In college, Taranto developed a distinct identity as a conservative provocateur at a time when campus life was overwhelmingly skewed to the left. While studying undergraduate journalism at California State University at Northridge in 1987, he wrote an opinion piece in the university paper, the Daily Sundial, criticizing UCLA for suspending an editor for running a cartoon that mocked affirmative action. He was in turn suspended by CSUN for violating a rule barring publication of “controversial” material without permission.
Convinced that the real reason he was disciplined was because of his conservative views, Taranto persuaded the American Civil Liberties Union to file a First Amendment lawsuit on his behalf that accused the university of violating the freedom of the press. The suit was ultimately settled, but the ACLU and Taranto won a key concession from the Sundial: an agreement to reframe its policy to clarify that the paper was indeed a forum for student expression.
By that time, however, Taranto had left the school and taken a position in public relations at the conservative Heritage Foundation in Washington. After a little under two years in Washington, he moved to New York, where he cycled through three jobs before landing at the Journal: first as the managing editor of Street News, a newspaper for (and published by) the homeless; then as a culture editor of the now-defunct New York City Tribune, and lastly as a senior editor at the Manhattan Institute’s City Journal. In 1996, the Wall Street Journal came calling.
Yet as he’s risen steadily in his profession, Taranto has remained, by his friends’ account, much the same geek he was back in his L.A. adolescence. “I imagine he must be very lonely, as are many talented writers I’ve come across,” says Laurel Touby of Mediabistro. “Regular people have trouble relating to him. I recall hosting parties, and women would later ask me, ‘Who is that guy?’ because he was so intense. He’s a force, a bigger-than-life brain at a party. People are used to idle chitchat, and he would be in there with serious issues. Girls can’t wait to get out of there.”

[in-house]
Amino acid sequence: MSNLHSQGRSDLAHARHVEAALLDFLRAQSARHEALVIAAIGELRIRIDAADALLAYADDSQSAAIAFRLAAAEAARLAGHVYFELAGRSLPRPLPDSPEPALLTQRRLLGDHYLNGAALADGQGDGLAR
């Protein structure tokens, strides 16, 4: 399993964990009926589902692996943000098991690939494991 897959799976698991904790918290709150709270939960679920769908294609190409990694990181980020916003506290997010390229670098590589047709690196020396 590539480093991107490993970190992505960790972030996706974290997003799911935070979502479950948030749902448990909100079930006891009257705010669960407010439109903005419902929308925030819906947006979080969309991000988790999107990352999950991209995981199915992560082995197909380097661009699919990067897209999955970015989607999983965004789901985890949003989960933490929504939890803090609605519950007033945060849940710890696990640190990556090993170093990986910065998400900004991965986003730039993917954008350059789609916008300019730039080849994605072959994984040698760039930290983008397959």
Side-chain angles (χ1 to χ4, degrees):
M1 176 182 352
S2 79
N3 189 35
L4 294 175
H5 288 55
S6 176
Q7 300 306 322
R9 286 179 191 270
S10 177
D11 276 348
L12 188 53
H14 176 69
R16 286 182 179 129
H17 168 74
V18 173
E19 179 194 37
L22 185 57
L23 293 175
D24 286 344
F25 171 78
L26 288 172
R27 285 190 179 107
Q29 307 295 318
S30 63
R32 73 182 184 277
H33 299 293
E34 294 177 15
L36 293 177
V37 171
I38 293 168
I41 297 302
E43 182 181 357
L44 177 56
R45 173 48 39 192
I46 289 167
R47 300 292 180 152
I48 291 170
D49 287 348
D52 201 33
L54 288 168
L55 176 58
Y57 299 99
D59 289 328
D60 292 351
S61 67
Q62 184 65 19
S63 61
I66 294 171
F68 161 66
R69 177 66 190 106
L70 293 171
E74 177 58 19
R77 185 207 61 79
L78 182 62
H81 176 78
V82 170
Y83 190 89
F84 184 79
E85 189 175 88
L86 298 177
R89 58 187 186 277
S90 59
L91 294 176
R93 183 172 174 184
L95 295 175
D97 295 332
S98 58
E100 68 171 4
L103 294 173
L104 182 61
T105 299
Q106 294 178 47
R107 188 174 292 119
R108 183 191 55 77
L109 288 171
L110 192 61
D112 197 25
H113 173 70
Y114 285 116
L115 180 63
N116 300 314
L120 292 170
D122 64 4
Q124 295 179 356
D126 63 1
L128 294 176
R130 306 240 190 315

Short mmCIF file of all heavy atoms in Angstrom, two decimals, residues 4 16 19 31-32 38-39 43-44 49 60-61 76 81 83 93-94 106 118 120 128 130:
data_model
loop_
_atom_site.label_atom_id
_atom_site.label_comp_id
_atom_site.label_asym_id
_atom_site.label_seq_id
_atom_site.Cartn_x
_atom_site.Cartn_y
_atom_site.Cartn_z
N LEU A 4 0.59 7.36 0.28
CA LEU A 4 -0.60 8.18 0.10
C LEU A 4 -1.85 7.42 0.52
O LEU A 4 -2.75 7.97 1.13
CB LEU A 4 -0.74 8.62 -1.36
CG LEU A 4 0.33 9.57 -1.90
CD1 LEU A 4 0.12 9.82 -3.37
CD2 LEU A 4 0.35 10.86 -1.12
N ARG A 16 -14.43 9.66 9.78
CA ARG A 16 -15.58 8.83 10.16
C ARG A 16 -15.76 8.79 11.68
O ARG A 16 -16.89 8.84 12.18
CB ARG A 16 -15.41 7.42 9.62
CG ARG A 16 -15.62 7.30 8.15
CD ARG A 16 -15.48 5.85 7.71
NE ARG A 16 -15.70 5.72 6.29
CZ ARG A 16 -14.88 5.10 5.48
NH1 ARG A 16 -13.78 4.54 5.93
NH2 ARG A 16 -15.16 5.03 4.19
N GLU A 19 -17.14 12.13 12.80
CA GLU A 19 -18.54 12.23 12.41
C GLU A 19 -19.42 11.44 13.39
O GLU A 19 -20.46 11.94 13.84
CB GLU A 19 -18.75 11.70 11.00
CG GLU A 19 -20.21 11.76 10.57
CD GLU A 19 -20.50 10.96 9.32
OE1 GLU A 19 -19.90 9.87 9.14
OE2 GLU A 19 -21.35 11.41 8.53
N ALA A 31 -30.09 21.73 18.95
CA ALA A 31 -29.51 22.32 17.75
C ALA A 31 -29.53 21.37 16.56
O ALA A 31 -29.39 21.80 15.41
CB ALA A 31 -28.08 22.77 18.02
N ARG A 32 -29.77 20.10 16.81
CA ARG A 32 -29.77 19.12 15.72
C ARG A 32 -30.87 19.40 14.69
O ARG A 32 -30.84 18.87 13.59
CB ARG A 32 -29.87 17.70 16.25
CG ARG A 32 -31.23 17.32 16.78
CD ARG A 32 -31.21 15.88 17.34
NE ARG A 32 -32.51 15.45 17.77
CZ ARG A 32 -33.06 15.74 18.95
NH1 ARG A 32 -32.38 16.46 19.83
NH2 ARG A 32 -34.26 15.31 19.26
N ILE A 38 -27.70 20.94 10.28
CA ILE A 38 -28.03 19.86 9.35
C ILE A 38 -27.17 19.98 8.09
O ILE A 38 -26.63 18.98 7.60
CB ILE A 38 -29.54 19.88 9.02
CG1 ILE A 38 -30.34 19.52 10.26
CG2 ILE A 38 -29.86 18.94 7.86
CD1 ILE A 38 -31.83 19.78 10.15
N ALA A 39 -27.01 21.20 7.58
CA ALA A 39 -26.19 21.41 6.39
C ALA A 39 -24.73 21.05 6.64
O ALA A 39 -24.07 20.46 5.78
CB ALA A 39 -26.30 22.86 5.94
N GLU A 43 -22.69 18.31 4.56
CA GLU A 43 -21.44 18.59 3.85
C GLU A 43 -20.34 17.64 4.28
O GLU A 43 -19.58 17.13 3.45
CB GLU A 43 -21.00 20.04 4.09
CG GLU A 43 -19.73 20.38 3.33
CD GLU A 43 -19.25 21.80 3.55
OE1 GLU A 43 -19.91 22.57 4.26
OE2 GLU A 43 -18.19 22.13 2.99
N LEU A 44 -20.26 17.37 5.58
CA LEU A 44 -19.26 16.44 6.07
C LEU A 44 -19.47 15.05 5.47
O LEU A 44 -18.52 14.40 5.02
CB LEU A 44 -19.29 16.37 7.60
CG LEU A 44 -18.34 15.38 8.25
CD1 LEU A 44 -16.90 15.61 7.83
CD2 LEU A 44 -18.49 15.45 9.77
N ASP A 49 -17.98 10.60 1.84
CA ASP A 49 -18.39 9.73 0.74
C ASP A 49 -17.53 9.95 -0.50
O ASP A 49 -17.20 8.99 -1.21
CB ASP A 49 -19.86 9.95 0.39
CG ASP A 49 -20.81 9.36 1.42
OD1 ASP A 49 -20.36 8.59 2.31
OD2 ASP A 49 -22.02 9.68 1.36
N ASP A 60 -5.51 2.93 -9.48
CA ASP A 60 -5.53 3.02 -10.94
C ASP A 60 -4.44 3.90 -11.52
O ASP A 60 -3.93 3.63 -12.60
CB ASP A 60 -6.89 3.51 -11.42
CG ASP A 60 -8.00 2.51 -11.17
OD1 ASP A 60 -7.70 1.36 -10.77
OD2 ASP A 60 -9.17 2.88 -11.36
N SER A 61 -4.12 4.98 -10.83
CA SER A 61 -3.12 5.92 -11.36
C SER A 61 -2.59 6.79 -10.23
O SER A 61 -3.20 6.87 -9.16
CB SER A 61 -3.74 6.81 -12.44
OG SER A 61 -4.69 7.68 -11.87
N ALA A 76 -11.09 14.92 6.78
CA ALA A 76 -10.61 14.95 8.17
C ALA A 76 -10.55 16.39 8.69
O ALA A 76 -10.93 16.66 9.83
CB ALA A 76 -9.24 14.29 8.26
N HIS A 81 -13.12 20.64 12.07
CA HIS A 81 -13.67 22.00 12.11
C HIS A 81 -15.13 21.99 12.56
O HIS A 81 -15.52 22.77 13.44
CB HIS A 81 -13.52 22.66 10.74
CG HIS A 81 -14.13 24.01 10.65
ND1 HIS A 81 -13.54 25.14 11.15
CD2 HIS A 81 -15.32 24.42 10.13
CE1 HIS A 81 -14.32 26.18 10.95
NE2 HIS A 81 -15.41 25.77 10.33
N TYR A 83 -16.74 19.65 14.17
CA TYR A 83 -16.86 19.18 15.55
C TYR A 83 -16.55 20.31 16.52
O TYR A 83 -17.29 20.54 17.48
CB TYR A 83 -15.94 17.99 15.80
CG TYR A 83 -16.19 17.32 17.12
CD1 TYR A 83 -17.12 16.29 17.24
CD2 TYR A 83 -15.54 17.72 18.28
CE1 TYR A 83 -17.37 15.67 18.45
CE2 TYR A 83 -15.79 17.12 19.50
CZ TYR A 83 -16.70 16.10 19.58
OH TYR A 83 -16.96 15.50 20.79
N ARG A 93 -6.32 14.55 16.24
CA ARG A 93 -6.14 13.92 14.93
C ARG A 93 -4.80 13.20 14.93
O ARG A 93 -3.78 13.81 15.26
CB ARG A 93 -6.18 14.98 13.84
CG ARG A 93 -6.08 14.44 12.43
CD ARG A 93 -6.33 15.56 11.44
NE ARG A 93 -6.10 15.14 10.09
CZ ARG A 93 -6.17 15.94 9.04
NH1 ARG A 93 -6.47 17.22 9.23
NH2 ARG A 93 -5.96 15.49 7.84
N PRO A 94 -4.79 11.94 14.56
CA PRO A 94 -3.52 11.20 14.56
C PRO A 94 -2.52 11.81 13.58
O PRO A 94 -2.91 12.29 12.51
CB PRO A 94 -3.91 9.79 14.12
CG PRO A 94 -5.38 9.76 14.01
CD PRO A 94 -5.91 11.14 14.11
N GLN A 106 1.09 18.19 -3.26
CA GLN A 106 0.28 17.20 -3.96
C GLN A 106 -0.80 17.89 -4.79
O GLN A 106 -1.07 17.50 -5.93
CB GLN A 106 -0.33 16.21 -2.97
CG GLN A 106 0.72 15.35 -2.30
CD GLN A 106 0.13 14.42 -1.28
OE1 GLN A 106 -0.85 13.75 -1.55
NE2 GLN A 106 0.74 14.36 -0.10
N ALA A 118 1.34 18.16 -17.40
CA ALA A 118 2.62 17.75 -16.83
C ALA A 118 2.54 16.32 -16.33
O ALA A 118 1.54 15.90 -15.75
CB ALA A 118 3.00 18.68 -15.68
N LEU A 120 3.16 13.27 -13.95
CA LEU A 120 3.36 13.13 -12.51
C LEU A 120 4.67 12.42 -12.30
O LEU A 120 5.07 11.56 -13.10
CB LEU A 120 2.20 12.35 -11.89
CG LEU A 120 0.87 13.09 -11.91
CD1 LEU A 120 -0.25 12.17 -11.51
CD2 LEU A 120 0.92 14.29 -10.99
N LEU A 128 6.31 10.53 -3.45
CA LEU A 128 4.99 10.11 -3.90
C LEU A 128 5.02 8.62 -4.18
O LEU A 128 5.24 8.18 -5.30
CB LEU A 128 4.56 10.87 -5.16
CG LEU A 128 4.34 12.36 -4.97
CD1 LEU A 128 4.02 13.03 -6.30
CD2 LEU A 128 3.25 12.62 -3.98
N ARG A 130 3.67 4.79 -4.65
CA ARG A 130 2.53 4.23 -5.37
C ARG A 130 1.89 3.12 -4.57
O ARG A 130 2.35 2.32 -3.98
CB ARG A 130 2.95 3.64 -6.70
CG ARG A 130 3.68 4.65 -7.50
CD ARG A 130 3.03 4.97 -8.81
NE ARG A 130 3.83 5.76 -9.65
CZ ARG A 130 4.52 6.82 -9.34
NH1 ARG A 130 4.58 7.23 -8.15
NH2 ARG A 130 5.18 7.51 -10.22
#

That Taranto is a felicitous writer and thinker, there can be no doubt. His gift for elegant logical constructions and an ability to see patterns and similarities where they might not be obvious are what actually make him a frequently enjoyable read, whatever your political persuasion. In a June 2002 posting on a chat board about fanaticism, for example, he drew a neat line between environmental and religious fundamentalists. “The result, in each case, is a monstrous, antihuman ideology that espouses hatred of the real world and indifference to human life in favor of some heaven—a pristine state of nature in the case of environmental fundamentalists, and literal heaven in the case of religious ones.” In this and other instances, Taranto shares a trait with his contemporaries in fiction writing, like David Foster Wallace: It’s unclear whether the reason for the sentence was its inherent point or the fun that the author clearly had in writing it.